No matter how close you and your significant other are and how long you know each other, you didn’t discuss everything and so, when you finally settle into daily life together there are always some new discoveries.

Like, he looked in the cabinet for Wise potato chips but you bought Herr’s because that’s your favorite.

Little stuff like that.

With Ed and me the first difference we noticed were the assumptions about dessert that we had brought to the marriage.

I came from a coffee and cake family, he came from a canned fruit family. My mom baked often so there was always some wonderful pastry or other at the end of a meal (like her famous Fannies (butter cookies) or apple pie). Ed’s mom was a good cook, but not a baker. Their go-to dessert was canned fruit cocktail because it was Ed’s favorite.

Of course my mom served that occasionally too. Every kid I knew asked for extra of those carcinogenic red dye #2 maraschino cherries (of which there were always too few to satisfy all of us).

To this day Ed passes up the cakes, cookies and pies (which I find astonishing) and prefers the fruit cocktail. Although I have to say, in an effort to be a good wife I bought lots of that stuff in the early days and even he got sick of it.

But he does love fresh fruit cocktail and it is amazingly easy to make: cut up fresh fruit.

There, that’s the whole recipe. Fresh fruit usually doesn’t need much, if any, sugar, though it is easy to sprinkle some on. Or, you could go to the trouble of poaching a variety of different kinds and serving it with the syrup, a la the canned kind.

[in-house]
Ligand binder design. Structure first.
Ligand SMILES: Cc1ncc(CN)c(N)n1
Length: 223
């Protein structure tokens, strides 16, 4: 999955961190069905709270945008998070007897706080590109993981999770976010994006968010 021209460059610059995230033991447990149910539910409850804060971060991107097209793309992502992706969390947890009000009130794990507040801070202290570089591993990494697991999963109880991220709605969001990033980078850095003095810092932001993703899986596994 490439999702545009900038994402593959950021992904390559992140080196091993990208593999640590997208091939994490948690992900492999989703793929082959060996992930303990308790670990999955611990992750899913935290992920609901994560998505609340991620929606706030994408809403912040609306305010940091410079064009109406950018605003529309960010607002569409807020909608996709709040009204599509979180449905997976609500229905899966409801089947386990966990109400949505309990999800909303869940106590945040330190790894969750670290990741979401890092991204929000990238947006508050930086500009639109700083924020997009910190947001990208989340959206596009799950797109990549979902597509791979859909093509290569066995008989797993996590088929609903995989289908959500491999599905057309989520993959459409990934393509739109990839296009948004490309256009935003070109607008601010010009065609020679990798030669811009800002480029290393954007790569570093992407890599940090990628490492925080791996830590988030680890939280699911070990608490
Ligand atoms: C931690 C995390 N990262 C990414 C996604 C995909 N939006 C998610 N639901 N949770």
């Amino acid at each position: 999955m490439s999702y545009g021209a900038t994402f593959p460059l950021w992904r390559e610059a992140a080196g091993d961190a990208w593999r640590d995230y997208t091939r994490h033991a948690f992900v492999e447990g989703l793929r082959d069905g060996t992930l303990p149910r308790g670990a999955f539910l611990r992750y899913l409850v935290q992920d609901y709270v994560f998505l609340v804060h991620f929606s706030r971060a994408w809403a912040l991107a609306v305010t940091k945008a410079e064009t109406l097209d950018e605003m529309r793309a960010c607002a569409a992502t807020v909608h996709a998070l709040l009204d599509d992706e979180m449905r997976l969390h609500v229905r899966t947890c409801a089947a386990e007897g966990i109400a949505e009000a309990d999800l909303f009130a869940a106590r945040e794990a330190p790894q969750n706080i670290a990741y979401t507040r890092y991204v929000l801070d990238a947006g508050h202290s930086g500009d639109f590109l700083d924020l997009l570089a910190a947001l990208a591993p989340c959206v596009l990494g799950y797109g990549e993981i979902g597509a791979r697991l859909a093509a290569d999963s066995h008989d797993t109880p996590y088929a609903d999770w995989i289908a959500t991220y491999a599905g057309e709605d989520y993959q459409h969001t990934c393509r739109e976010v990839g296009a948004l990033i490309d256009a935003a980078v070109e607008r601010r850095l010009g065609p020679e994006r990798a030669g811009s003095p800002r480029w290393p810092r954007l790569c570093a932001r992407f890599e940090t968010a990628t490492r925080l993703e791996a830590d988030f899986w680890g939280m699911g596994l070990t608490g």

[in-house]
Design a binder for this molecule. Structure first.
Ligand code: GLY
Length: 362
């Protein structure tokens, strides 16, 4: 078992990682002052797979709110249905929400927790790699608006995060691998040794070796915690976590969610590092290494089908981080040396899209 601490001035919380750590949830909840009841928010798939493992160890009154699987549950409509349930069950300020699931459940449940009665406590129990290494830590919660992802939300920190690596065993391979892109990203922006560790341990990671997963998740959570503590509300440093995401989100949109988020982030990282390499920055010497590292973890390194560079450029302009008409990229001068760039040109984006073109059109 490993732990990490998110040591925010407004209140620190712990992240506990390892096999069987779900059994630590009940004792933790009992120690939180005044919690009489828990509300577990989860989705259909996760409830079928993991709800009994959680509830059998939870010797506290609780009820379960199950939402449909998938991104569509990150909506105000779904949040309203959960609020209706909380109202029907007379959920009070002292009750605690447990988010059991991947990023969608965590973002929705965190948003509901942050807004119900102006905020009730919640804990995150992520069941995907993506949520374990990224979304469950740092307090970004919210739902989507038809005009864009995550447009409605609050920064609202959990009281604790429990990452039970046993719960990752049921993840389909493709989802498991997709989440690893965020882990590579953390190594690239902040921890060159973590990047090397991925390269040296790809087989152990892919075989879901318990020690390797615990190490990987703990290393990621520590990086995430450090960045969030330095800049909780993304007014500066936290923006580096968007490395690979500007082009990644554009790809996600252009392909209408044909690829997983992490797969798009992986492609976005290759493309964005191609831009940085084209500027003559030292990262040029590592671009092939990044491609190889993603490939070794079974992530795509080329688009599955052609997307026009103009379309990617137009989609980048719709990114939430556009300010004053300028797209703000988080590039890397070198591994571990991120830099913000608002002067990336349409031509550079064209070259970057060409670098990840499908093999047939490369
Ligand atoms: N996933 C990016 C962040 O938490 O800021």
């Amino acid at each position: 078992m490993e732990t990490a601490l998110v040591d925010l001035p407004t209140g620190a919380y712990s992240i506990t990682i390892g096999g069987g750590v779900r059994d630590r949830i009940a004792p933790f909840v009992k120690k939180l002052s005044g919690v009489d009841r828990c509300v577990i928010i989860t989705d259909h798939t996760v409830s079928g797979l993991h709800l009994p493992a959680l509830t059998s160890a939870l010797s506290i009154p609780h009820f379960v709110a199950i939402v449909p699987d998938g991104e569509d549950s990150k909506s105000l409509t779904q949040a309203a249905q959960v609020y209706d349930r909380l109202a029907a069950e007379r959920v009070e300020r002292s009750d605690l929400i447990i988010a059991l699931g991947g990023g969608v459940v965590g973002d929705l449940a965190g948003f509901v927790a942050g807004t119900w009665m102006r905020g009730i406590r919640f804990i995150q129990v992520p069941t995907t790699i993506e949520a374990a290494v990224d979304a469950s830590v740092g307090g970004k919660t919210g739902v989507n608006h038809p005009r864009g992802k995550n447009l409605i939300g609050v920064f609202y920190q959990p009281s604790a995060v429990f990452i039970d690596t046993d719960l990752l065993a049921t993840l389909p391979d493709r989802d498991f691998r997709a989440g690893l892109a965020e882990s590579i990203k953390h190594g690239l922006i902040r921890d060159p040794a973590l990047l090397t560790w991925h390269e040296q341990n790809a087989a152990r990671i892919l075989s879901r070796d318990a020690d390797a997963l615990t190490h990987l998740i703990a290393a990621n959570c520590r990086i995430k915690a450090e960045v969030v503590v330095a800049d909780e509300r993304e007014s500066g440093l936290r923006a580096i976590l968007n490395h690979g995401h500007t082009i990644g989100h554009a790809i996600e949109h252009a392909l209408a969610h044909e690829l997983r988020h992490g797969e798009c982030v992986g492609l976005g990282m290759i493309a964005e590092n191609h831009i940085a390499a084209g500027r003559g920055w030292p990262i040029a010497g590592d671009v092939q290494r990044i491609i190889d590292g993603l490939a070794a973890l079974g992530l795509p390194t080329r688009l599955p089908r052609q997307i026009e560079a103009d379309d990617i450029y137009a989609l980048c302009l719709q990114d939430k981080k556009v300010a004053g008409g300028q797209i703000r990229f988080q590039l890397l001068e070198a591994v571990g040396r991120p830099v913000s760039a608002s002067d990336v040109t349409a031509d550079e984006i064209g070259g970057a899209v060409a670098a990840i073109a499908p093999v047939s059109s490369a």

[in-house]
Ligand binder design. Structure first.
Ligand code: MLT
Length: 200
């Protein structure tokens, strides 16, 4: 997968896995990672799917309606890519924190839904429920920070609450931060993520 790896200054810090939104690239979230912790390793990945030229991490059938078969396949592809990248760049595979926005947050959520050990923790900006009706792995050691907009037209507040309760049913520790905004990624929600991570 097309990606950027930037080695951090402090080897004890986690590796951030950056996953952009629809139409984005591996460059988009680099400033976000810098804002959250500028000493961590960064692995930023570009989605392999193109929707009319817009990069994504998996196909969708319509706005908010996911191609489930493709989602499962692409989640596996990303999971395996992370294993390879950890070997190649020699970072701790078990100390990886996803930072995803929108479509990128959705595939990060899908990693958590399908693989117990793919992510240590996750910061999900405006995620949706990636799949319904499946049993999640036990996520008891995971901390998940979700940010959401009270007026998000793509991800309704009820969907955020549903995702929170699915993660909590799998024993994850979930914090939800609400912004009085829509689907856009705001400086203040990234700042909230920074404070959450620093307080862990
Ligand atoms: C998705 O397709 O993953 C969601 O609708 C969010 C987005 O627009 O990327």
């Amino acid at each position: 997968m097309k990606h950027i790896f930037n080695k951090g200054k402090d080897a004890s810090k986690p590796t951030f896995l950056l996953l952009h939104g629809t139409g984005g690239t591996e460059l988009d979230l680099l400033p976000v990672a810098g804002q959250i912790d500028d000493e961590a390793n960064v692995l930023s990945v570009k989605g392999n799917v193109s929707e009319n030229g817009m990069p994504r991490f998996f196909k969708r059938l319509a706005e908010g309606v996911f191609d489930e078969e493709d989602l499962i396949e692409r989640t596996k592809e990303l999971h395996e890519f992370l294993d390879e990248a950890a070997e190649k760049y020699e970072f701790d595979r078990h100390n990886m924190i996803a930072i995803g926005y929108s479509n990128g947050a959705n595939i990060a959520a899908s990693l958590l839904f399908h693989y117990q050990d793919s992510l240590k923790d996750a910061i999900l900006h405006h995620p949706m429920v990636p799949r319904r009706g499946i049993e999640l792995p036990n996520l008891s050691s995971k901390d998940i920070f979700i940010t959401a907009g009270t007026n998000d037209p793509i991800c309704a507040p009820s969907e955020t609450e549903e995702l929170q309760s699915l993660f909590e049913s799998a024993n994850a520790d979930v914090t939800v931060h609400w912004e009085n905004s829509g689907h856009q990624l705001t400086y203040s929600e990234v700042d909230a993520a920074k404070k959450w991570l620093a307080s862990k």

But my favorite fruit cocktail is this version, which starts out with roasted fruit. Roasting brings out the fruit sugars in a tantalizing way with hints of rum and molasses (do I sound like a wine taster talking?).

After a huge, heavy, meat-laden Passover Seder meal (or any big dinner), Roasted Fruit Cocktail is an excellent choice for dessert. I am in Ed’s corner on this one. I’ll save the cake and baked goods for later, when I’m less full. 

Roasted Fruit Cocktail

1 ripe fresh pineapple

2 fresh mangos

3/4 cup orange juice

1/4 cup honey

cinnamon

18-20 strawberries, hulls removed

1 cup seedless red grapes

1/4 cup chopped fresh mint

sorbet or ice cream, optional

Preheat the oven to 450 degrees. Line a jelly roll sheet with parchment paper. Set aside.

Using a chef’s knife, remove the leaves and hard outer shell of the pineapple. Cut the pineapple lengthwise into 1-inch thick strips. Using the knife, remove and discard the middle, fibrous core (from each slice you will be left with two strips of pineapple cut from both sides of the core). Place the strips on the parchment-lined jelly roll pan. 

Peel the mango and cut the flesh into strips. Set aside.

Place the orange juice and honey in a saucepan and bring to a boil over high heat. Lower the heat slightly and cook for 5-6 minutes or until the liquid is slightly thickened. Generously brush all surfaces of the pineapple strips with the orange juice mixture. Sprinkle with cinnamon. Roast for 4-5 minutes. Turn the strips over. Add the mango strips, strawberries and grapes to the pan. Brush with the remaining orange juice mixture. Roast for another 6-7 minutes or until fruit is soft and lightly caramelized. Remove the pan from the oven and let cool. Cut the pineapple and mango strips into bite size pieces. Place all the fruit and accumulated pan juices in a bowl, sprinkle with the mint and toss. Place into serving dishes. Serve plain or with sorbet or ice cream. Makes 8 servings